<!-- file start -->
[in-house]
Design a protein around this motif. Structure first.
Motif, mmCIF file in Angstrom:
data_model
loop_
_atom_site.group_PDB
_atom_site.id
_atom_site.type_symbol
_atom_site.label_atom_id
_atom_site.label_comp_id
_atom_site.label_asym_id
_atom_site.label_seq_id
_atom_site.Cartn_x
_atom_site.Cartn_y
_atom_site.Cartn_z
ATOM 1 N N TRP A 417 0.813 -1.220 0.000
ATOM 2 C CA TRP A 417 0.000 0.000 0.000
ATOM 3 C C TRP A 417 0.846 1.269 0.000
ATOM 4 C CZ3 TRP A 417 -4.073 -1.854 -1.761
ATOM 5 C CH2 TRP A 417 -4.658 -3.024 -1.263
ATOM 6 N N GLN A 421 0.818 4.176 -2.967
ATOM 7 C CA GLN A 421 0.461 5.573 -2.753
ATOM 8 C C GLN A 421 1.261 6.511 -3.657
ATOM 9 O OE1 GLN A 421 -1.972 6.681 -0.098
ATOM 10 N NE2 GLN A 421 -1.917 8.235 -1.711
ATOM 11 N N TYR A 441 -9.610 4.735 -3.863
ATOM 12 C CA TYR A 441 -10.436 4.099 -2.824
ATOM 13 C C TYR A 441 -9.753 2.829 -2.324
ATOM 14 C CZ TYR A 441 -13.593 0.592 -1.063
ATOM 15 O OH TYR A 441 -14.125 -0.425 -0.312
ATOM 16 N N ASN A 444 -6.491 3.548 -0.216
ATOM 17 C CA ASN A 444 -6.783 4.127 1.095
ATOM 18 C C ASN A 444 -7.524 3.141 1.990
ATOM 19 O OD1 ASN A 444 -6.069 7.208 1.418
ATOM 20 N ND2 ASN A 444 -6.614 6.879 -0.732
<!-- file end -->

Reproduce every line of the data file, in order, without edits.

[in-house]
Design a protein around this motif. Structure first.
Motif, mmCIF file in Angstrom:
data_model
loop_
_atom_site.group_PDB
_atom_site.id
_atom_site.type_symbol
_atom_site.label_atom_id
_atom_site.label_comp_id
_atom_site.label_asym_id
_atom_site.label_seq_id
_atom_site.Cartn_x
_atom_site.Cartn_y
_atom_site.Cartn_z
ATOM 1 N N TRP A 417 0.813 -1.220 0.000
ATOM 2 C CA TRP A 417 0.000 0.000 0.000
ATOM 3 C C TRP A 417 0.846 1.269 0.000
ATOM 4 C CZ3 TRP A 417 -4.073 -1.854 -1.761
ATOM 5 C CH2 TRP A 417 -4.658 -3.024 -1.263
ATOM 6 N N GLN A 421 0.818 4.176 -2.967
ATOM 7 C CA GLN A 421 0.461 5.573 -2.753
ATOM 8 C C GLN A 421 1.261 6.511 -3.657
ATOM 9 O OE1 GLN A 421 -1.972 6.681 -0.098
ATOM 10 N NE2 GLN A 421 -1.917 8.235 -1.711
ATOM 11 N N TYR A 441 -9.610 4.735 -3.863
ATOM 12 C CA TYR A 441 -10.436 4.099 -2.824
ATOM 13 C C TYR A 441 -9.753 2.829 -2.324
ATOM 14 C CZ TYR A 441 -13.593 0.592 -1.063
ATOM 15 O OH TYR A 441 -14.125 -0.425 -0.312
ATOM 16 N N ASN A 444 -6.491 3.548 -0.216
ATOM 17 C CA ASN A 444 -6.783 4.127 1.095
ATOM 18 C C ASN A 444 -7.524 3.141 1.990
ATOM 19 O OD1 ASN A 444 -6.069 7.208 1.418
ATOM 20 N ND2 ASN A 444 -6.614 6.879 -0.732